Regular columnist Russ Shaw, founder of Tech London Advocates and Global Tech Advocates, argues that the UK’s education pipeline must be reformed if we’re ever to address the country’s growing digital talent gap.
‘Throw away the outdated attitude’ were the words from Prime Minister Theresa May when addressing the best options for school-leavers, and university being perceived as the only way to achieve high levels of success.
As sectors across the economy increasingly adapt to the digital age, and the demand for high skilled professionals sharply grows, we need to learn to look beyond traditional education paths.
This summer, the number of students collecting A-Level results in Computer Science rose by a quarter since last year. While boys still represent 80% of entrants, it is encouraging to see that computing is fast becoming a valued part of the national curriculum.
Over a third of all A-level entries are taken in STEM subjects, demonstrating a clear eagerness to learn technical skills at an early age. However, many companies argue that universities are not developing these skills further, nor teaching young people how to apply them when entering the work force.
If university courses are going to prove worthwhile for STEM students, they must place greater emphasis on transferable skills – developing students that enter the workplace with their knowledge enriched rather than stultified. University courses need adapting, and fast.
Some institutions have taken steps in the right direction and have shifted with the times – UWE-Bristol, Falmouth and Northumbria Universities now offer entrepreneurship courses, while the recently established Dyson Institute of Engineering and Technology is working hard to plug the engineering skills gap. Much more of the same is needed.
Meanwhile, employers must understand that university courses are not the only path into the digital economy.
In an uncertain economic time, companies are crying out for new employees capable of strengthening the digital aspect of their businesses – and the answer lies with the private sector itself.
Einstein defined insanity as ‘doing the same thing over and over again, but expecting different results.’ Tech companies consistently cite a shortage of talent as the single biggest challenge they face, yet the vast majority of businesses continues to look at the same talent pool for recruitment. Something has to change.
The next generation of workers has grown up surrounded by technology – while millennials are ‘tech savvy’, generation Z is considered ‘tech native.’ This natural aptitude must be taken advantage of and put into practice effectively.
It is imperative that the private sector takes the lead in assisting candidates by providing university alternatives. Enlightened employers can no longer look down on qualifications such as apprenticeships or privately sponsored programmes, as these are the initiatives that provide the most sought after specialised training.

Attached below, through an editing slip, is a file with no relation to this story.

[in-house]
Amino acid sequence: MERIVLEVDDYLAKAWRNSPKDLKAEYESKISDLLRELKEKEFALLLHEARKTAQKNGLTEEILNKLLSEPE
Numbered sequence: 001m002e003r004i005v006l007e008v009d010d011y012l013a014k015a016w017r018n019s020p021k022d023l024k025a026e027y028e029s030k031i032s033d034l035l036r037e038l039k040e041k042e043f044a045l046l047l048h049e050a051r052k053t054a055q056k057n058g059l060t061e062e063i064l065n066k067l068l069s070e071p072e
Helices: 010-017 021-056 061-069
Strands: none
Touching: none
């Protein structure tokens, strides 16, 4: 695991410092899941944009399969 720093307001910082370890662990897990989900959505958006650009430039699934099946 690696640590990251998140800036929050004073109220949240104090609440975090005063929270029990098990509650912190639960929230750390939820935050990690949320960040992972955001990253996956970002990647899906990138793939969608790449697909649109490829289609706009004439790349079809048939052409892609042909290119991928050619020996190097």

Digital design and web development are two areas in particularly high demand, and employers boosting these areas would give themselves a distinct advantage. A proficiency in coding’s core languages will also soon be considered a prerequisite – a STEM scheme developed by employers would allow them to build up a portfolio of projects using code.
Demand is also high in the field of data science, a skill often overlooked in areas of study. These highly talented workers are in a minority, and tech companies need to bring this talent on board early, rather than risk losing their skill set to a less applicable profession.
The private sector has historically not valued apprenticeships, and it is important to understand that a recent report showed STEM apprenticeships could add a total £6bn in social value. It is clear tech firms can no longer avoid channelling money into such a lucrative enterprise if they wish to keep their heads above water.
With students now graduating from British universities with an average debt of £50,000, the idea of entering a paid training programme may prove an attractive alternative to those not wishing to spend the rest of their lives repaying student loans.
Now that technology plays such a crucial role in many jobs, there must also be greater focus given to on-the-job training. For example, JP Morgan already offers classroom style training to graduates, as well as personal mentors dedicated to bringing new employees up to a high standard within the first year.
According to Tech Nation, London currently only has 300,000 digital employees. This number can be increased to one million if the right measures are applied.
The government can offer support and ultimately transformation of the education system will come. But ingenuity and the ability to craft fresh approaches at a fast pace that address pressing economic issues is the job of the private sector – and companies must embrace their vital role in developing the talent of tomorrow.